GALZ, An association of LGBTI People in Zimbabwe, brings you this health and safety notice as part of worldwide efforts to raise awareness around October, Breast Cancer Awareness month.
Why raise awareness?
What makes breast cancer a pertinent issue is its prevalence in male, female and non-binary persons, as all people are born with mammary glands. However, breast cancer is by far the most common cancer in women worldwide. According to WHO, there are about 1.38 million new cases and 458 000 deaths from breast cancer each year (IARC Globocan, 2008). Traditionally a pink ribbon has been worn as a symbol to raise awareness. There is a higher survival rate if people are made aware of the risk factors and symptoms of the disease.
What is breast cancer?
The human body is made up of billions of cells, that make up tissues, that make up organs. Generally, these cells are healthy, but they can mutate because of exposure to certain external environmental factors, such as ultraviolet light and chemical carcinogens (such as those in toxic smoke particles). Cancer is a disease in which abnormal cells divide uncontrollably and begin to destroy other body tissue and organs. It can affect one area, or, it can spread to other parts of the body as cells travel through the blood. Breast cancer is known as gomarara repazamu in chiShona and umkhuhlane wemvukuzane yebele in siNdebele. It occurs when abnormal cells start to attack cells in the breast and/or chest area.
What are the risk factors for breast cancer?
While cancer can strike anyone, risk factors for breast cancer include being above the age of 55, which applies to both men and women, excessive consumption of alcohol, early menstruation or late menopause, giving birth at an older age (above 35) and taking of certain hormone treatments. Genetics may also play a role. The other risk factors include obesity and smoking.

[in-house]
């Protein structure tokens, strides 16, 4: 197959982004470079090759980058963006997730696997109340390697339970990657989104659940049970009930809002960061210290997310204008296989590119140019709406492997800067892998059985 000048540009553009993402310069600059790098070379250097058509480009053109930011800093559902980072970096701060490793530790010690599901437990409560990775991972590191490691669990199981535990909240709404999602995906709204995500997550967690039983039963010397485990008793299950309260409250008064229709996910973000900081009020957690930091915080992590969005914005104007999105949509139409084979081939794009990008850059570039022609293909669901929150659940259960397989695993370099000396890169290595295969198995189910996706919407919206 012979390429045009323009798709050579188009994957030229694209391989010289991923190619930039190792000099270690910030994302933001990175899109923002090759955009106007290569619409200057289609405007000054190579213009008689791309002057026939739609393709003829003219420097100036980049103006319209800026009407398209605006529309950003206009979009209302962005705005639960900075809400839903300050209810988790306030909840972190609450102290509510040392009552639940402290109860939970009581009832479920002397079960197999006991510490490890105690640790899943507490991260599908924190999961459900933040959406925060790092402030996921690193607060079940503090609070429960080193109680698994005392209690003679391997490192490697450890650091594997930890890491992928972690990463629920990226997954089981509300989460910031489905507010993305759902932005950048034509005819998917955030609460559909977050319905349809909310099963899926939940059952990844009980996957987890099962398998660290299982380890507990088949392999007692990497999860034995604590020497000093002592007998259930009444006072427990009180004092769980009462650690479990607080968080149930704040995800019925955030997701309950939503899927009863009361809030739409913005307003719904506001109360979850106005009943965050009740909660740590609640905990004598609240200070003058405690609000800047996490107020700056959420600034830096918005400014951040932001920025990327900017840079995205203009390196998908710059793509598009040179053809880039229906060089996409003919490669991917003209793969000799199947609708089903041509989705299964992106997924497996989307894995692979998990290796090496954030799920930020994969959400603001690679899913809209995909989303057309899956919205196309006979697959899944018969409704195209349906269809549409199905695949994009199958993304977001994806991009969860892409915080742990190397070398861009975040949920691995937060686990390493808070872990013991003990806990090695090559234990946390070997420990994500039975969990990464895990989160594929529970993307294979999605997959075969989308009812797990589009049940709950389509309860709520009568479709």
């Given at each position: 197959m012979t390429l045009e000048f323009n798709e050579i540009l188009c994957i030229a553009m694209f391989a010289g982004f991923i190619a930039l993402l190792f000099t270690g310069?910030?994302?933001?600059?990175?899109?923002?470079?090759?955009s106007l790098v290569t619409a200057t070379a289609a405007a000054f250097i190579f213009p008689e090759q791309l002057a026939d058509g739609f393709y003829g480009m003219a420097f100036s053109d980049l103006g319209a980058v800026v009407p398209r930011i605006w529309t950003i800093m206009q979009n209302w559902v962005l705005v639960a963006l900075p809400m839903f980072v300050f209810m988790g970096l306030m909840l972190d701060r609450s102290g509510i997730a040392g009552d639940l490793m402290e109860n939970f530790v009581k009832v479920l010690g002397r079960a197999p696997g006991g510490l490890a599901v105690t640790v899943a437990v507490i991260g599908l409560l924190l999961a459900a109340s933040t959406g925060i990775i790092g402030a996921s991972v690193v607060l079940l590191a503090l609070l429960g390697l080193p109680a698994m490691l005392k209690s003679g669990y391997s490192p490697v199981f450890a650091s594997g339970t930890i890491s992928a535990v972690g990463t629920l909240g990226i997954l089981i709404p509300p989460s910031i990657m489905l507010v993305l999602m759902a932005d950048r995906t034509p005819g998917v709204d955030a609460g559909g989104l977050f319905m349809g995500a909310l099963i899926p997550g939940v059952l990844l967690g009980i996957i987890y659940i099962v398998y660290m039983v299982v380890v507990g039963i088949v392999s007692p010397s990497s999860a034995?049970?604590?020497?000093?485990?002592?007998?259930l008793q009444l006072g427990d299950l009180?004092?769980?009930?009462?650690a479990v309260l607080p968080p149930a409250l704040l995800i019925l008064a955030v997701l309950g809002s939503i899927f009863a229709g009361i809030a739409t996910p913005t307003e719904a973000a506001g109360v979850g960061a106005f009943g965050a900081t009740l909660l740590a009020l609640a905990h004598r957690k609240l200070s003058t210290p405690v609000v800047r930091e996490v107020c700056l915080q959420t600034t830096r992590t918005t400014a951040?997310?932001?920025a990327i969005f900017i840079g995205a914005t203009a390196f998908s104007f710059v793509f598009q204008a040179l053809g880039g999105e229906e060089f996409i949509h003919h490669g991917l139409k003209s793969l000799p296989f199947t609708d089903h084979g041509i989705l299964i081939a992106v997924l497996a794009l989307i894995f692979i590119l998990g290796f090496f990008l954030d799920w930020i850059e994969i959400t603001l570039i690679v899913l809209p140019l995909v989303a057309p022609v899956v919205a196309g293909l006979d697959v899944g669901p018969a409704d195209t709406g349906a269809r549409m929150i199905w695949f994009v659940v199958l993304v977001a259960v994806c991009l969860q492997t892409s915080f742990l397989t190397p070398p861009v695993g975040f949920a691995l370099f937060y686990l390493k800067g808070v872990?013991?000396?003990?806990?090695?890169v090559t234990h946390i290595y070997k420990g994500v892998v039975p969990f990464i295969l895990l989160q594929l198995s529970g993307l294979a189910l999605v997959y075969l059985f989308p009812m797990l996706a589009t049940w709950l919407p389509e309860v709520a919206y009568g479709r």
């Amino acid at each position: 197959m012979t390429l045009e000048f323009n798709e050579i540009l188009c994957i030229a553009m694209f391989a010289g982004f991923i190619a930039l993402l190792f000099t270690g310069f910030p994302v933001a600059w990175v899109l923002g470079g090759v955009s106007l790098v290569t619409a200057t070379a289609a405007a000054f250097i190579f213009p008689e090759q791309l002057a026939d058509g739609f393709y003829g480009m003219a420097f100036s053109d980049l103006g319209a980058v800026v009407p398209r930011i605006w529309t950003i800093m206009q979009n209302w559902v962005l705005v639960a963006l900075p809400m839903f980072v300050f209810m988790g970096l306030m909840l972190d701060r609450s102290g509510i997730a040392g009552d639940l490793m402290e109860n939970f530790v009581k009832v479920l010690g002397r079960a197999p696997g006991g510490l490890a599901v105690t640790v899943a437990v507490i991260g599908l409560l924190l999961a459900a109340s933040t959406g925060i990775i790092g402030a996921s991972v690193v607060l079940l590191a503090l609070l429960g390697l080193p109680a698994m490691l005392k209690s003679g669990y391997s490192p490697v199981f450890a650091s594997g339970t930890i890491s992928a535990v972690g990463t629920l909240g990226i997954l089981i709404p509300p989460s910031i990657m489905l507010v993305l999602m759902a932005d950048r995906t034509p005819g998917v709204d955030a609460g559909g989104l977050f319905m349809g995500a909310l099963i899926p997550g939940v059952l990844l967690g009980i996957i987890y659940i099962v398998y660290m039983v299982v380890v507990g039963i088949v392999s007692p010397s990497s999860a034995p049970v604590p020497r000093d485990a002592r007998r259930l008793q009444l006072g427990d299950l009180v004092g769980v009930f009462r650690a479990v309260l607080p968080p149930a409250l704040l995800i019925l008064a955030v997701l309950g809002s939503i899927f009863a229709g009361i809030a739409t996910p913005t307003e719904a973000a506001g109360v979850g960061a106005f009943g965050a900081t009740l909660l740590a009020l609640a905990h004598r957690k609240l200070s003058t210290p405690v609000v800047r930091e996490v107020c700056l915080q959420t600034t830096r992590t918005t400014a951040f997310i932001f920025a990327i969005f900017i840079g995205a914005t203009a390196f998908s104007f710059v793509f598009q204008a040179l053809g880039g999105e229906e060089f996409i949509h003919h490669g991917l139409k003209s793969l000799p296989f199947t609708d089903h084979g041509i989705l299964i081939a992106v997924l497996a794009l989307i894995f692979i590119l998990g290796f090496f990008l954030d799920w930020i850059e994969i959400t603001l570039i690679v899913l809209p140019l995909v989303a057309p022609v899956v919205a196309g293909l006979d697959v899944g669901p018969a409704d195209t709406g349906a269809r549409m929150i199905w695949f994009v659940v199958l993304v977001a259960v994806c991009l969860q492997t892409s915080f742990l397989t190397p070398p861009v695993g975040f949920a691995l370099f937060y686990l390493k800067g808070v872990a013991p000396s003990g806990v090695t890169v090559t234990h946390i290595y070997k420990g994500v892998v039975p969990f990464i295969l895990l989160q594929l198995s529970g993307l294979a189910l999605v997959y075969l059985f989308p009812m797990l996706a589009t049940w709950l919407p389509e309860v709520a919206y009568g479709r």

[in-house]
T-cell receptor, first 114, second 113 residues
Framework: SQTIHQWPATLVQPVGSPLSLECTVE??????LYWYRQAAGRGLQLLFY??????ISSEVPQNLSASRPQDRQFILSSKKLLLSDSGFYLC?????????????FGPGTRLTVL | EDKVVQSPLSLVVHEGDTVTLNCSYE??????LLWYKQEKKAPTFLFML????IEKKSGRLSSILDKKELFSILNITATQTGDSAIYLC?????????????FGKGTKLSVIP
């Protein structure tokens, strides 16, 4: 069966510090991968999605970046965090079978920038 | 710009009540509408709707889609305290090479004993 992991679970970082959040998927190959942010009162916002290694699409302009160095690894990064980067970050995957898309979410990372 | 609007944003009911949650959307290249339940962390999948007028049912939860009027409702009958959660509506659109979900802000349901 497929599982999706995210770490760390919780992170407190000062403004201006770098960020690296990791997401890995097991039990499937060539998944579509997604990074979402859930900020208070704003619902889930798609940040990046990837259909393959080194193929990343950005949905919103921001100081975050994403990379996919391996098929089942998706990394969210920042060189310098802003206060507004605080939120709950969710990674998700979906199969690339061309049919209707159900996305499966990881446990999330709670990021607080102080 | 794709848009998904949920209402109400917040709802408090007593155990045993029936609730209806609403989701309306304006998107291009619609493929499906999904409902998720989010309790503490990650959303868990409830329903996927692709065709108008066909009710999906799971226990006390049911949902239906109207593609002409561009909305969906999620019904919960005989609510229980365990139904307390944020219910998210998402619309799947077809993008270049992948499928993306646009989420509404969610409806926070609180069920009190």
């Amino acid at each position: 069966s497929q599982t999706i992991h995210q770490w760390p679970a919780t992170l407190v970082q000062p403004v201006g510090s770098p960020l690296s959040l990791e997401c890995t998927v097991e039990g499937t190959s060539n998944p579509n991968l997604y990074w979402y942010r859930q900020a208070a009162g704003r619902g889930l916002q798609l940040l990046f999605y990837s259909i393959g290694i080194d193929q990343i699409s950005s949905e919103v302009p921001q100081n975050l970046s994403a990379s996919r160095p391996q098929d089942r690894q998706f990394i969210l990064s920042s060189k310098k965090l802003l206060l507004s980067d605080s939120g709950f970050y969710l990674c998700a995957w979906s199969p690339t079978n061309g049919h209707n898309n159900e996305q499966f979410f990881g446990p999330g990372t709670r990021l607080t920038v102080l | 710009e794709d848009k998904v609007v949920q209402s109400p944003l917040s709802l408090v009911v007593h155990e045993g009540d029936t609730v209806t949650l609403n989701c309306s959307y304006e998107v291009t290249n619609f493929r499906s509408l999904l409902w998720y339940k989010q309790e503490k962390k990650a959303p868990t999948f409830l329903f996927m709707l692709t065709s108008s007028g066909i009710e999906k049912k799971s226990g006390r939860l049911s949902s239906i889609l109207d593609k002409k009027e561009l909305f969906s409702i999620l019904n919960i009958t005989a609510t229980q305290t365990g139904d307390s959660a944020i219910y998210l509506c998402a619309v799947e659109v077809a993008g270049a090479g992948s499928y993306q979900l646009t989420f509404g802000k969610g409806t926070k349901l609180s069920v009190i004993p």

How is it tested and treated?
Early detection saves lives. Firstly, it is important to check one’s own breasts often. It is advised that the best time for women to do a monthly self-breast exam is about 3 to 5 days after your period starts, and to do it at the same time every month. Mammography is an X-ray that can help detect any abnormality in the breasts. It is ideally done once a year.
In cancer care, doctors specializing in different areas of cancer treatment to create a patient’s overall treatment plan. A treatment plan is a summary of your cancer and the planned cancer treatment. Surgeons are doctors who perform operations. Medical oncologists are doctors who treat cancer with medicine. Radiation oncologists are doctors who treat cancer with radiation. Cancer care teams include a variety of other health care workers, such as physicians, oncology nurses, pharmacists, counsellors, nutritionists and surgeons.
Breast cancer is treated in several ways. It depends on the kind of breast cancer and how far it has spread. People with breast cancer often get more than one kind of treatment such as:
• Surgery or an operation where doctors cut out cancer tissue.
• Chemotherapy uses special medicines to shrink or kill the cancer cells. The drugs can be pills you take or medicines given in your veins, or sometimes both.
• Hormonal therapy blocks cancer cells from getting the hormones they need to grow.